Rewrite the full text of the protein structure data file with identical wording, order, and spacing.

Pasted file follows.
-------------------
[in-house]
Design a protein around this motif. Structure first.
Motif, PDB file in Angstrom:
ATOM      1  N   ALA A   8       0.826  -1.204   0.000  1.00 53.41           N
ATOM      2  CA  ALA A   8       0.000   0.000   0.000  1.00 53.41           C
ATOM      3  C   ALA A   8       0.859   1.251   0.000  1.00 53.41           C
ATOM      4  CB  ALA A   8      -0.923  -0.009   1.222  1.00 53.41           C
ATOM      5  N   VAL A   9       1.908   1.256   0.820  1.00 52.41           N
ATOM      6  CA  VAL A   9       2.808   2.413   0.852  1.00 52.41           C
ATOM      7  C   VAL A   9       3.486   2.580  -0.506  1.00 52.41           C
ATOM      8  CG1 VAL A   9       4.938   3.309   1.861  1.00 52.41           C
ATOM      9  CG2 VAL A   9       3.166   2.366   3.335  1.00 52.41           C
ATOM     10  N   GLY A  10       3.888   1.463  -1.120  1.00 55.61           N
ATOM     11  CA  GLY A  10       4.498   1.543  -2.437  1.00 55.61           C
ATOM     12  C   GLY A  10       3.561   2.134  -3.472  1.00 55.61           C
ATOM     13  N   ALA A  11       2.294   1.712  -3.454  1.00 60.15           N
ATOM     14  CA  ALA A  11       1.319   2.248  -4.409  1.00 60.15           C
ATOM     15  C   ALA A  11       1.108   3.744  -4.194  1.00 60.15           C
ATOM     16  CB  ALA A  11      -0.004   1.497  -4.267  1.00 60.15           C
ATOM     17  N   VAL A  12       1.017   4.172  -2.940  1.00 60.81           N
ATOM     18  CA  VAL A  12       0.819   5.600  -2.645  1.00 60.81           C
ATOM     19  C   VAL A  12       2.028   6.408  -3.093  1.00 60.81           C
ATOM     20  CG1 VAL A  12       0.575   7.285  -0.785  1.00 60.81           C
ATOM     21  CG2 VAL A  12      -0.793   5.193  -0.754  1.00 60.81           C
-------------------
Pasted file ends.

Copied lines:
[in-house]
Design a protein around this motif. Structure first.
Motif, PDB file in Angstrom:
ATOM      1  N   ALA A   8       0.826  -1.204   0.000  1.00 53.41           N
ATOM      2  CA  ALA A   8       0.000   0.000   0.000  1.00 53.41           C
ATOM      3  C   ALA A   8       0.859   1.251   0.000  1.00 53.41           C
ATOM      4  CB  ALA A   8      -0.923  -0.009   1.222  1.00 53.41           C
ATOM      5  N   VAL A   9       1.908   1.256   0.820  1.00 52.41           N
ATOM      6  CA  VAL A   9       2.808   2.413   0.852  1.00 52.41           C
ATOM      7  C   VAL A   9       3.486   2.580  -0.506  1.00 52.41           C
ATOM      8  CG1 VAL A   9       4.938   3.309   1.861  1.00 52.41           C
ATOM      9  CG2 VAL A   9       3.166   2.366   3.335  1.00 52.41           C
ATOM     10  N   GLY A  10       3.888   1.463  -1.120  1.00 55.61           N
ATOM     11  CA  GLY A  10       4.498   1.543  -2.437  1.00 55.61           C
ATOM     12  C   GLY A  10       3.561   2.134  -3.472  1.00 55.61           C
ATOM     13  N   ALA A  11       2.294   1.712  -3.454  1.00 60.15           N
ATOM     14  CA  ALA A  11       1.319   2.248  -4.409  1.00 60.15           C
ATOM     15  C   ALA A  11       1.108   3.744  -4.194  1.00 60.15           C
ATOM     16  CB  ALA A  11      -0.004   1.497  -4.267  1.00 60.15           C
ATOM     17  N   VAL A  12       1.017   4.172  -2.940  1.00 60.81           N
ATOM     18  CA  VAL A  12       0.819   5.600  -2.645  1.00 60.81           C
ATOM     19  C   VAL A  12       2.028   6.408  -3.093  1.00 60.81           C
ATOM     20  CG1 VAL A  12       0.575   7.285  -0.785  1.00 60.81           C
ATOM     21  CG2 VAL A  12      -0.793   5.193  -0.754  1.00 60.81           C